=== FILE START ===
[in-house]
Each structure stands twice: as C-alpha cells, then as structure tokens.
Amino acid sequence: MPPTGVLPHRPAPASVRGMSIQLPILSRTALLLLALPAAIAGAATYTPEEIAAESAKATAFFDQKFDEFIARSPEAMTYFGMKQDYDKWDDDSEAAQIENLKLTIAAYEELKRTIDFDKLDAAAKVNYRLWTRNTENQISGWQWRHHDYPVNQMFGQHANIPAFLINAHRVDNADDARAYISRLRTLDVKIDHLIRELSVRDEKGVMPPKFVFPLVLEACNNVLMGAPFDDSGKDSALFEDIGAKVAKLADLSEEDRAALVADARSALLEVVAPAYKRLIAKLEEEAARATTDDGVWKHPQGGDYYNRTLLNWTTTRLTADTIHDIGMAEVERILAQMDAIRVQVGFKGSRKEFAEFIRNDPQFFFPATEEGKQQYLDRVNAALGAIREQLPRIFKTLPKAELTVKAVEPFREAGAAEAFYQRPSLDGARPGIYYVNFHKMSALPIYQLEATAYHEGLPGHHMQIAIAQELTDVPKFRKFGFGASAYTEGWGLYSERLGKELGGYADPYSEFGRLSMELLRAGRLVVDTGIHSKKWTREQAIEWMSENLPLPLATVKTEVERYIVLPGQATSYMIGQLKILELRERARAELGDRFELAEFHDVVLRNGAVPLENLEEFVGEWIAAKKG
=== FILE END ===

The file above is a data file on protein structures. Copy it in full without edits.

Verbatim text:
[in-house]
Each structure stands twice: as C-alpha cells, then as structure tokens.
Amino acid sequence: MPPTGVLPHRPAPASVRGMSIQLPILSRTALLLLALPAAIAGAATYTPEEIAAESAKATAFFDQKFDEFIARSPEAMTYFGMKQDYDKWDDDSEAAQIENLKLTIAAYEELKRTIDFDKLDAAAKVNYRLWTRNTENQISGWQWRHHDYPVNQMFGQHANIPAFLINAHRVDNADDARAYISRLRTLDVKIDHLIRELSVRDEKGVMPPKFVFPLVLEACNNVLMGAPFDDSGKDSALFEDIGAKVAKLADLSEEDRAALVADARSALLEVVAPAYKRLIAKLEEEAARATTDDGVWKHPQGGDYYNRTLLNWTTTRLTADTIHDIGMAEVERILAQMDAIRVQVGFKGSRKEFAEFIRNDPQFFFPATEEGKQQYLDRVNAALGAIREQLPRIFKTLPKAELTVKAVEPFREAGAAEAFYQRPSLDGARPGIYYVNFHKMSALPIYQLEATAYHEGLPGHHMQIAIAQELTDVPKFRKFGFGASAYTEGWGLYSERLGKELGGYADPYSEFGRLSMELLRAGRLVVDTGIHSKKWTREQAIEWMSENLPLPLATVKTEVERYIVLPGQATSYMIGQLKILELRERARAELGDRFELAEFHDVVLRNGAVPLENLEEFVGEWIAAKKG